Are you in a club or in a group? Set up a members-only Facebook group and invite everyone in it to confidentially post information, discuss and interact.
You can set your Facebook account so that you are Notified whenever someone posts to the group. A cool feature is that you can see who has seen that post which keeps everyone accountable.
An example of this is a Book Club Facebook group I’m in. It’s hard to say I didn’t know about a location change when it shows plain as day that I scrolled past the post about it. (It doesn’t mean I read it, only that I was aware of it and presumably did read it. It is up to me to go back and read it because it would appear to the group that I saw it.)
Find blasts from the past on Facebook
Then there’s the dicey-er stuff.
There are the former boyfriends (and girlfriends). Who doesn’t love that chance to see someone from our past? Is he married and to whom? Where does he live and what does he do for a living? It will make you glad you aren’t with that person or perhaps might make you wish you were. At the very least, you might take a few minutes to think how your life may have turned out very differently.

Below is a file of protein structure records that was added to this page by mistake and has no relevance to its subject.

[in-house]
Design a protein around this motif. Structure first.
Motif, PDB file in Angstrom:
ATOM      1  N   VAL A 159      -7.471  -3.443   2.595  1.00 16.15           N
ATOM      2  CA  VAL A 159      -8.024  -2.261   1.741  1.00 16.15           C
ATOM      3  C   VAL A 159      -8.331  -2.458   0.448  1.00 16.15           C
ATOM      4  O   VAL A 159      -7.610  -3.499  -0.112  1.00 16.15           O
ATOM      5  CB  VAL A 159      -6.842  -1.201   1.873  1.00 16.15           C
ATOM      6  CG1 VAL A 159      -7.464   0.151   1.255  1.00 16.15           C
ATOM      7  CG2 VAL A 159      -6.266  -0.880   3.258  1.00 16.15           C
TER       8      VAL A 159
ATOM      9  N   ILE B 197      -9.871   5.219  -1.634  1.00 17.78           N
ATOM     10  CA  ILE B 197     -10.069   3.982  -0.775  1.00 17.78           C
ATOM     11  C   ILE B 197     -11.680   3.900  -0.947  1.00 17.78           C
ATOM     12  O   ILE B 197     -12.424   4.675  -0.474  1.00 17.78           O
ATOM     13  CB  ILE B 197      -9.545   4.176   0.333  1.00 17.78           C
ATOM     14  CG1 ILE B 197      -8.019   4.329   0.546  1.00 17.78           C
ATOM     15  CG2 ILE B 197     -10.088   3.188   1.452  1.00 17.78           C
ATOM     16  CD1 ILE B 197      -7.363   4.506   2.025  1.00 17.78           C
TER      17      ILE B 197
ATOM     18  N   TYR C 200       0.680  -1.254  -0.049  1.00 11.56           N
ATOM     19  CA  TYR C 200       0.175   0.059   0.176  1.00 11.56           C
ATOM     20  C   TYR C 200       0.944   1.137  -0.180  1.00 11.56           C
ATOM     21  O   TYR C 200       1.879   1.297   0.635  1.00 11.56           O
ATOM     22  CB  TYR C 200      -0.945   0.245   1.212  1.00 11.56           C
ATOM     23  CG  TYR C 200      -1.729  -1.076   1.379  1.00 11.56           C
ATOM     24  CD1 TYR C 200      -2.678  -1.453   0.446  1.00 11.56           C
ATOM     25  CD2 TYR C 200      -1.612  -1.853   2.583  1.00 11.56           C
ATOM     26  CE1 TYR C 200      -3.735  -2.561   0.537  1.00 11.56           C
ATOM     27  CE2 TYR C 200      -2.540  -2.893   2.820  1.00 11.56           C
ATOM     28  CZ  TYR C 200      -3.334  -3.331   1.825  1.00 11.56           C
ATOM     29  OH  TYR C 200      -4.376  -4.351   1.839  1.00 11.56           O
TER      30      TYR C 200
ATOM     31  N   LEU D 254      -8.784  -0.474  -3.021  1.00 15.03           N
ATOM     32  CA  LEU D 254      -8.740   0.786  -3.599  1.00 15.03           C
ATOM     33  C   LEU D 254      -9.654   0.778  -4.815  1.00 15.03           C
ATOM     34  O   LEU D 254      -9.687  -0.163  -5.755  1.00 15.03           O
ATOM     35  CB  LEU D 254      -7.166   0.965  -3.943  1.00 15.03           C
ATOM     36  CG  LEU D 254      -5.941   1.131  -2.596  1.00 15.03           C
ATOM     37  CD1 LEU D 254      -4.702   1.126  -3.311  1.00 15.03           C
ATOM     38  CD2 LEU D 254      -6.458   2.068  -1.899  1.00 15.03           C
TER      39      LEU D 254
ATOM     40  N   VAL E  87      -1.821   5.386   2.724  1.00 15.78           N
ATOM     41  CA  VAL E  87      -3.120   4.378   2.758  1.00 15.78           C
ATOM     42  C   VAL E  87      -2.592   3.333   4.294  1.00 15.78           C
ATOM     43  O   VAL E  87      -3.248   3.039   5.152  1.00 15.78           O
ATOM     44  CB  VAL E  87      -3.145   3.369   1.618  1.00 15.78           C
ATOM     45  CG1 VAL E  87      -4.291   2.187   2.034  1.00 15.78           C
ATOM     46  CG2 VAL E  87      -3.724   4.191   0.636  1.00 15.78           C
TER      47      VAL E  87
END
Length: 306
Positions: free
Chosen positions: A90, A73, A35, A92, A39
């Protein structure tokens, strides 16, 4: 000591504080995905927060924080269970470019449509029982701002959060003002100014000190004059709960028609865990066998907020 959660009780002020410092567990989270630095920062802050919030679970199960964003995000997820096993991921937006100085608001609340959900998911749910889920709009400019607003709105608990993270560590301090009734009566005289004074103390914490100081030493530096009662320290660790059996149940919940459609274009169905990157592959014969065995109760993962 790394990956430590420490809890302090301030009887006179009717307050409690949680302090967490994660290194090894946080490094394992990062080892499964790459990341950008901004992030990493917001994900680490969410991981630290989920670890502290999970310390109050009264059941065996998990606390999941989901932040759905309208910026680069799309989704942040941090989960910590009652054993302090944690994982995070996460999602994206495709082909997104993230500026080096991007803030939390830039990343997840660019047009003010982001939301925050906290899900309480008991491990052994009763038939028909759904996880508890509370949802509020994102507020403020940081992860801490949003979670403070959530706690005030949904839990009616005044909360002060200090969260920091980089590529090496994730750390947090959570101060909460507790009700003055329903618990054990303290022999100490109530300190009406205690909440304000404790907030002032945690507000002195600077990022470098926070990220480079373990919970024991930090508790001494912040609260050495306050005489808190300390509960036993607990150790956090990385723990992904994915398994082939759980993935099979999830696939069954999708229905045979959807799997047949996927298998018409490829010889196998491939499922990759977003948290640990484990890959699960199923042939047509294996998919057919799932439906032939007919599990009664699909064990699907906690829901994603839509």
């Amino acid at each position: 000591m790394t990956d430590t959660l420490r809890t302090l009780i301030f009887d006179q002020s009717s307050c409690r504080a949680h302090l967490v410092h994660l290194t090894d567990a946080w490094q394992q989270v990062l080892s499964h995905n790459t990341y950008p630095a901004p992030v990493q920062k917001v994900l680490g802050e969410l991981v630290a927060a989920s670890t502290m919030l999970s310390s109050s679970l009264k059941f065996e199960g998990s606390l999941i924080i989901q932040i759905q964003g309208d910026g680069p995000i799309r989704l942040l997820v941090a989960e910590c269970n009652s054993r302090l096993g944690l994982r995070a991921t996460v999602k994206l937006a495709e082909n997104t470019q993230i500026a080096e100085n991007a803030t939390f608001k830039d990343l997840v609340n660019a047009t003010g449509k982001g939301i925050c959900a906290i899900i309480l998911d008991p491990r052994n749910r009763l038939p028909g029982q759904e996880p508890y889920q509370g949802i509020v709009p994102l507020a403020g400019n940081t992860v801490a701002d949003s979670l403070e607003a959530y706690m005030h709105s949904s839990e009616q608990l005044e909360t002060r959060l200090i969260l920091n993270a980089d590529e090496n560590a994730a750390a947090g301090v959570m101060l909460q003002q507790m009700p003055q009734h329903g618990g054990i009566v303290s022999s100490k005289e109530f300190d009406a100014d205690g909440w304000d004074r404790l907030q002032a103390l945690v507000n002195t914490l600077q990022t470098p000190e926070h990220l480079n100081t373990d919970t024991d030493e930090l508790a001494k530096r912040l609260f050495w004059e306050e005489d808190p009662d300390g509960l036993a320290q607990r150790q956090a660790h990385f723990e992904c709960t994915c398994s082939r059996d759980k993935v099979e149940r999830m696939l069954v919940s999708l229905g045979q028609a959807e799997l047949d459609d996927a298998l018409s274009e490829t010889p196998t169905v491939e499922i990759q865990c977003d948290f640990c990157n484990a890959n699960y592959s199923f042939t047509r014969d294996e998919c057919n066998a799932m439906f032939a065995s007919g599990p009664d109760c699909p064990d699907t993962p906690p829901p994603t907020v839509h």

Facebook takes us back to a time and place when we had different responsibilities. It allows us to go back and reflect. It’s an escape.
Cyber sleuthing on Facebook
Then there’s looking up people on Facebook you aren’t friends with just to learn more about them. Hey, people are doing it all the time! It has helped me connect the dots on “who is who” given my recent move. I can only ask someone his/her name so many times before I look either clueless or rude. Now, when I can’t remember who is who, I can see his/her face on Facebook plain as day.
It’s a great tool to see who knows who (Mutual Friends), where people grew up and went to school, if they have kids, etc.
Facebook is the drug of choice… the siren song of Facebook
It’s really no longer a question of what makes Facebook so great. We are hooked! People now wonder how to spend less time on Facebook. And what is the best way to still be on it but to limit time on Facebook? Still others are giving up Facebook for weeks.
Facebook is great for so many reasons! It’s no wonder billions of people love Facebook.